Urease Test

The unknown organism was tested by using a urea agar culture. The bright pink color was observed.


Staphylococcus aureus3
Staphylococcus aureus3

The gram-positive bacterium Staphylococcus aureus brings on several clinical illnesses. They have a cocci form and are typically grouped. These bacteria cause several types of infections in people, including bacteremia, infective endocarditis, and skin and soft tissue infections, and are among the most prevalent bacterial diseases in humans. The kind of infection and the existence or absence of drug-resistant strains significantly affect how S. aureus infections are treated. When antimicrobial therapy is required, the kind of infection and other criteria have a significant role in determining the course and form of treatment. Since preventing S. aureus infections is still challenging, attempts have centered on infection control measures such as hospital decontamination and public education on appropriate handwashing.


This project has been of great deliberation in identifying the evolutionary staphylococcus aureus bacterium. Analyzing staphylococcus aureus’s chemical and physical properties becomes an essential starting point for this bacterium’s classification and brings forth a better understanding of the bacteria. Understanding the organism forms the basis of analyzing its physical and biochemical composition, which is essential for today’s scientists’ efforts to understand this bacterium. In the future, there is a need to delve deeper into research beyond the contemporary understanding of this species to develop effective treatment and control measures against this organism.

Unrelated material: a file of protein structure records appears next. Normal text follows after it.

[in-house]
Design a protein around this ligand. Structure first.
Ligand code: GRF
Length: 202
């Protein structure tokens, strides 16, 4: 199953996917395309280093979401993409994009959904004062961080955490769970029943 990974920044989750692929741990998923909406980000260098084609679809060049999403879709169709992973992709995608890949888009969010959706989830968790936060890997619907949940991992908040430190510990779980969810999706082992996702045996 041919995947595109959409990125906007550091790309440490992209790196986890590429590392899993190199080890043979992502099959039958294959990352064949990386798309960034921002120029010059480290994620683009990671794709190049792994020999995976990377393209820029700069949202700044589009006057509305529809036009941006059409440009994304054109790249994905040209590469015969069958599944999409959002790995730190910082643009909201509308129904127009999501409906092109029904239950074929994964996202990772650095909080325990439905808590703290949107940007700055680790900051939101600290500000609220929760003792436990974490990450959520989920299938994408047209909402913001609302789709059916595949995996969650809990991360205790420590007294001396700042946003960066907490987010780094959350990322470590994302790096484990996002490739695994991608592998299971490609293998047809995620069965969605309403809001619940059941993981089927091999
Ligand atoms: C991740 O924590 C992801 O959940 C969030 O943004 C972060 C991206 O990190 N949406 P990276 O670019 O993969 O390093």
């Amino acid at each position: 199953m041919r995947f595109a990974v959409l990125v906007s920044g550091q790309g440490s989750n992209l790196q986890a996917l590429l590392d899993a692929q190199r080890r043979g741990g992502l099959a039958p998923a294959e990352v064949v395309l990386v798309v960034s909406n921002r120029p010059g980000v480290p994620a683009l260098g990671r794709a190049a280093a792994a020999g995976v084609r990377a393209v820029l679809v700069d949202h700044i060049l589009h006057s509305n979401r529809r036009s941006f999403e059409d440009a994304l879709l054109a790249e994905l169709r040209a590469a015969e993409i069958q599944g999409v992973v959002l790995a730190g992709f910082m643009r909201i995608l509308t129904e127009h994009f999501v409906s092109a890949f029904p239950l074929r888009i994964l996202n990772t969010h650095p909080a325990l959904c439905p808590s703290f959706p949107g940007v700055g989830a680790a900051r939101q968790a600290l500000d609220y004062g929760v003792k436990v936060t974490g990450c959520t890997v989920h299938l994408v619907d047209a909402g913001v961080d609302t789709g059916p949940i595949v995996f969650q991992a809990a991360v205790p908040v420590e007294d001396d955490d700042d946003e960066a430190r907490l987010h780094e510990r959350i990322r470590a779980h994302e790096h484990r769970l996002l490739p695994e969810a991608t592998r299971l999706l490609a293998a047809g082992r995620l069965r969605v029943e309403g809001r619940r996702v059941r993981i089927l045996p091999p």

1. Talamantes-Becerra B, Georges A, Gahan ME, Kennedy K, Carling J. Identify bacterial isolates from a public hospital in Australia using complexity-reduced genotyping. Journal of microbiological methods. Published 2019. Accessed December 1, 2022.
  2. Taylor TA, Unakal CG. Staphylococcus aureus. National Center for Biotechnology Information. Published 2021. Accessed December 1, 2022.
  3. Knapp S. Staphylococcus aureus – the definitive guide. Biology Dictionary. Published May 17, 2020. Accessed December 1, 2022.